I live in a small town in Bulgaria called Polski Trambesh, which has been suffering from a serious degree of depopulation. Young people are leaving the town and as a result the population is growing increasingly older. This problem has been becoming more and more severe for several years now and it is showing no signs of slowing down. In spite of its severity, the local government has not yet taken any measures to alleviate the issue. Still, it is not too late to do something about it and reverse the negative effects. As there is no university in the town, year after year the large majority of high school graduates leave in order to pursue higher education. The issue of the aging population stems from the fact that even after graduation virtually none of the students return apart from the occasional family visit.
Essentially, most of the young and capable people leave at the first opportunity they can find and all that is left is the middle-aged and elderly workers and the retirees. As a result, the local workforce is thinning out at a frighteningly rapid pace and if this process continues, the town will not be able to sustain itself. This process can be likened to brain drain except on a smaller scale. Therefore, without a steady inflow of manpower to replace the retiring workers, Polski Trambesh will continue to deteriorate.
But what prompts young people to move out permanently rather than stay and work here? If you ask around, you will likely receive only one answer – “There are just not enough career opportunities in this small town.” I have heard this exact same phrase uttered by graduates and peers countless times. However, the more potential workers leave for this very reason, the more local businesses and companies suffer. This in turn means that prospects of employment only worsen, making it even less likely that anyone would willingly stay to work in this town. It is a never-ending vicious cycle. Nevertheless, it might not be an inescapable one.
The only way to combat this problem of depopulation is to tackle it directly at its roots. In other words, young people should be persuaded that they can build a fine career even in Polski Trambesh. In fact, this town does actually have plenty of local businesses and companies to provide work. The only logical conclusion is that young adults simply prefer what other firms in big cities offer them. I believe that in order to reverse the depopulation crisis some sort of project will have to be put in place to benefit potential future members of the workforce.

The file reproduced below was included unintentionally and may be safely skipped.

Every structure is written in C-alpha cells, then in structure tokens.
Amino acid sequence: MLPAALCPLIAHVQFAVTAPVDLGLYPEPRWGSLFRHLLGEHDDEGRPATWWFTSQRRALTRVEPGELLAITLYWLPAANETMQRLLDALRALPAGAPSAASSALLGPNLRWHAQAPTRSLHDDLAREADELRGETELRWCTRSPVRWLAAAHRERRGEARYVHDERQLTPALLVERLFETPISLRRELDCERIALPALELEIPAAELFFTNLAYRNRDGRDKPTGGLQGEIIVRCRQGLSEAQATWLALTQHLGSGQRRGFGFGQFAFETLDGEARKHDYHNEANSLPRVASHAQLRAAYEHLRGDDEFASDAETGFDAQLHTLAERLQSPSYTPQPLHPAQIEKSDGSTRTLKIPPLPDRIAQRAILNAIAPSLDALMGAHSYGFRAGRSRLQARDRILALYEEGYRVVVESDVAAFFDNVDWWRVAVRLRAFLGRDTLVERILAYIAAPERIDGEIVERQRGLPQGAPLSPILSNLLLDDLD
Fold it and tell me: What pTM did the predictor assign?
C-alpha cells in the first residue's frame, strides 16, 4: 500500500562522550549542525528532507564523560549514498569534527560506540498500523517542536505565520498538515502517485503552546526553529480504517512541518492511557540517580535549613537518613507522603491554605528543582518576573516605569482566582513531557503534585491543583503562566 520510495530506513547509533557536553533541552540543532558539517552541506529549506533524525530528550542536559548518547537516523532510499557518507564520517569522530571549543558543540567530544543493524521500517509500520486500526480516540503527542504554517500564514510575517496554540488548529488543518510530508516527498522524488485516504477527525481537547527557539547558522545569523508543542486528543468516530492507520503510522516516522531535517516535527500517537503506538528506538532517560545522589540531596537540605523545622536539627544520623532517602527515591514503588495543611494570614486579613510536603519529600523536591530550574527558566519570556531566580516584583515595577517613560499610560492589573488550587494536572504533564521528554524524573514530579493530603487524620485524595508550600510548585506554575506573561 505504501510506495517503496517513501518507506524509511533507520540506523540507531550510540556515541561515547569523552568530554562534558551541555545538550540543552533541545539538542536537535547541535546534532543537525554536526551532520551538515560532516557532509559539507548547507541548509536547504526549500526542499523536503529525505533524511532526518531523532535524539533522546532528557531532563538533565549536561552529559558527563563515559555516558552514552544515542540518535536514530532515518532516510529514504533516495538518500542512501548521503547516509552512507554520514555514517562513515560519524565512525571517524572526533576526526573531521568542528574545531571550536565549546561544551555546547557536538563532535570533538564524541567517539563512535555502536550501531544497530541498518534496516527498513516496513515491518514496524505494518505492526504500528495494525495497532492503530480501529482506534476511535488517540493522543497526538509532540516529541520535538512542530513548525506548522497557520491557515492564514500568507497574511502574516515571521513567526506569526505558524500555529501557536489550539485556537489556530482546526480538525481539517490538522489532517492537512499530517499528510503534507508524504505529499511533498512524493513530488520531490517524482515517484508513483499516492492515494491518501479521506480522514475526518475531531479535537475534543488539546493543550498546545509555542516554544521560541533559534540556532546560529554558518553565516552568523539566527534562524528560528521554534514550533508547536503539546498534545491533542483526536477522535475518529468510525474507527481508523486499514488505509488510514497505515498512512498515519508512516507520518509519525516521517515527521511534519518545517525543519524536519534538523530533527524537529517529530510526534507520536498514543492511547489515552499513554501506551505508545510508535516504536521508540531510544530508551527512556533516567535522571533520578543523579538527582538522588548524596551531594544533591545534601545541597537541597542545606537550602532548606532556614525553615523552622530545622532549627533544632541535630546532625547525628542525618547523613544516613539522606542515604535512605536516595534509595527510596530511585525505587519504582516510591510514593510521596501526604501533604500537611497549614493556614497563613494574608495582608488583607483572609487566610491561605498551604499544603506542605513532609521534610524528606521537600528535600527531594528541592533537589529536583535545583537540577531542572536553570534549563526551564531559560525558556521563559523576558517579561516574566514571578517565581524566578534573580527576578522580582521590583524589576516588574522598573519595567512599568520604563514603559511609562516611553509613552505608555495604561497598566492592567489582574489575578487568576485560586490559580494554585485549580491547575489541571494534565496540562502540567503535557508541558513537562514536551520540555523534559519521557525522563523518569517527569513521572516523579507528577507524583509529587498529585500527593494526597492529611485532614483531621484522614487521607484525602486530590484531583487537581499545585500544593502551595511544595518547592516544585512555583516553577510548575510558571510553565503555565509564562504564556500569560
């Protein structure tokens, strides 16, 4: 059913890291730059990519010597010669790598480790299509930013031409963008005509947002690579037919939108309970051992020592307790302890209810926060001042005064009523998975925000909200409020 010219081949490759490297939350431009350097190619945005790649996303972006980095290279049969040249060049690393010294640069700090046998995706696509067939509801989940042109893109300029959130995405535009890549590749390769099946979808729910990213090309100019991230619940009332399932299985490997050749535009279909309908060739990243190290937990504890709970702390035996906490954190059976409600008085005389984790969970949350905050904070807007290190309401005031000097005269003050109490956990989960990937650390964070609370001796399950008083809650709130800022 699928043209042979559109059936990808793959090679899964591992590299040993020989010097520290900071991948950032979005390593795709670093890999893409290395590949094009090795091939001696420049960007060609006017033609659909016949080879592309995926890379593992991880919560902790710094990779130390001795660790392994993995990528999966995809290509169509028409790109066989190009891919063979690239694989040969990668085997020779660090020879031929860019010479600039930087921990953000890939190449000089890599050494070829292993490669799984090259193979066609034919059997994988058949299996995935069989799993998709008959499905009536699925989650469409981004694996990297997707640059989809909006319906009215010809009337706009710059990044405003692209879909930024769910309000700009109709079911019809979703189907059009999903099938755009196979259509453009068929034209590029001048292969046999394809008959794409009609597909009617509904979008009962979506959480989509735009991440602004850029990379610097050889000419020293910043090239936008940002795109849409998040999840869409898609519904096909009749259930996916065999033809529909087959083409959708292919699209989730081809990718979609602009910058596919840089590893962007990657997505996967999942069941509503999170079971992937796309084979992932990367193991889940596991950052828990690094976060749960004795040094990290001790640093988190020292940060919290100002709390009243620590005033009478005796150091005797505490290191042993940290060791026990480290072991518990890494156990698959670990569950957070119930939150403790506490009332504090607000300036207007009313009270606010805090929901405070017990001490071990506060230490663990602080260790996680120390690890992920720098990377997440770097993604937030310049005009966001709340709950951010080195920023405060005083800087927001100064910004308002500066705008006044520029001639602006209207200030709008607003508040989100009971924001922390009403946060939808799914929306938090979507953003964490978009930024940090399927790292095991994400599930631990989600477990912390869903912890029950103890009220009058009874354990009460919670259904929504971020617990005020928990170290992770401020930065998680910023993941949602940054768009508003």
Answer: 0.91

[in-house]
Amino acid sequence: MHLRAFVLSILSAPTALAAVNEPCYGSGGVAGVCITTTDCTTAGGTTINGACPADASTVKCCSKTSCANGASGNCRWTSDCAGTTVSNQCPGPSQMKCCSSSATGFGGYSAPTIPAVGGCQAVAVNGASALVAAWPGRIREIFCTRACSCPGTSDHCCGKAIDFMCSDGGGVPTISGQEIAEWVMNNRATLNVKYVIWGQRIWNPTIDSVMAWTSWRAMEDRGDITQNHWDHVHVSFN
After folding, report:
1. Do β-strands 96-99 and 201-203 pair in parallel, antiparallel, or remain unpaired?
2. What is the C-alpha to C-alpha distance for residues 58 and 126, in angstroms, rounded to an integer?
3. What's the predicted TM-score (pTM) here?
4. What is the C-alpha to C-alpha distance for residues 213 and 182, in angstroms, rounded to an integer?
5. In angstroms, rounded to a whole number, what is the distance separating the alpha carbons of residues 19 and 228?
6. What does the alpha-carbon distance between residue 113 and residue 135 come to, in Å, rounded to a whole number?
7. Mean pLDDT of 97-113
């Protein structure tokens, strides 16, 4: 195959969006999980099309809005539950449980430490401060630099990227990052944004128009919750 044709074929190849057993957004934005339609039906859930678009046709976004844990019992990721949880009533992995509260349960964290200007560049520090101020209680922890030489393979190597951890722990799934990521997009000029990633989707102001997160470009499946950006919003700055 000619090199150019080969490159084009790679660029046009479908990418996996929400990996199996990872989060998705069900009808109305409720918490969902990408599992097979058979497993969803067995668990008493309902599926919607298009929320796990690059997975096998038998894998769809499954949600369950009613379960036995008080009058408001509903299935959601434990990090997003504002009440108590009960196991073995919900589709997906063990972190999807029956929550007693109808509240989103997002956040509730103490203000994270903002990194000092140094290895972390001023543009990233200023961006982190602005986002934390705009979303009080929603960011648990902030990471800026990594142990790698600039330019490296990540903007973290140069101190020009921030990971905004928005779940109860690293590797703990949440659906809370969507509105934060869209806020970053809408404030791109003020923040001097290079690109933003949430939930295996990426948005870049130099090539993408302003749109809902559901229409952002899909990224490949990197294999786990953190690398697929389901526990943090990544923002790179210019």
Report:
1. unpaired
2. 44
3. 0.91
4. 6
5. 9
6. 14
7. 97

My proposal for local companies and the municipality is to attempt to secure workers as soon as they graduate from high school. The plan I have in mind involves establishing a program which aims to benefit both parties by resolving some of their greatest issues. Businesses wish to avoid not having enough capable and professional employees while young people often have monetary struggles and fear financial insecurity. A program which covers a percentage or even all tuition fees of a student’s university degree in exchange for a long-term work contract at the company appears ideal in this situation. It allows a firm to recruit talented, hard-working young people and rewards them with a full scholarship. After the contract has ended, they can choose to continue working at the company but even if they decide to move away the next generation of young people will fill their position. As long as there is a steady flow of trained workers the companies and the town can flourish.
In conclusion, the depopulation problem of Polski Trambesh is not an insoluble issue. A crisis can be averted as long as the youth can be convinced to remain in the town and work towards prosperity. Of course, they cannot be blamed if they wish to seek a better life so a solid reason has to be provided for them to stay. The proposed program cannot encompass every youth but it can persuade some of the most talented and hard-working people to choose this town over bigger cities. Considering that the program only needs to last until the economic situation improves, it can be viewed as an investment in the local community.
Describe yourself in 5 words?
Rational, open-minded, generous, polite, and honest.
What are your top 5 values (principles or standards of behavior)?
Loyalty, perseverance, tolerance, respect and honesty.
What are you most proud of and why?
I am most proud of the twelve years I’ve spent learning folklore dancing, which is a tradition that is a major part of Bulgarian culture. However, it has been in decline in recent times and I am proud to be one of the people still keeping it alive.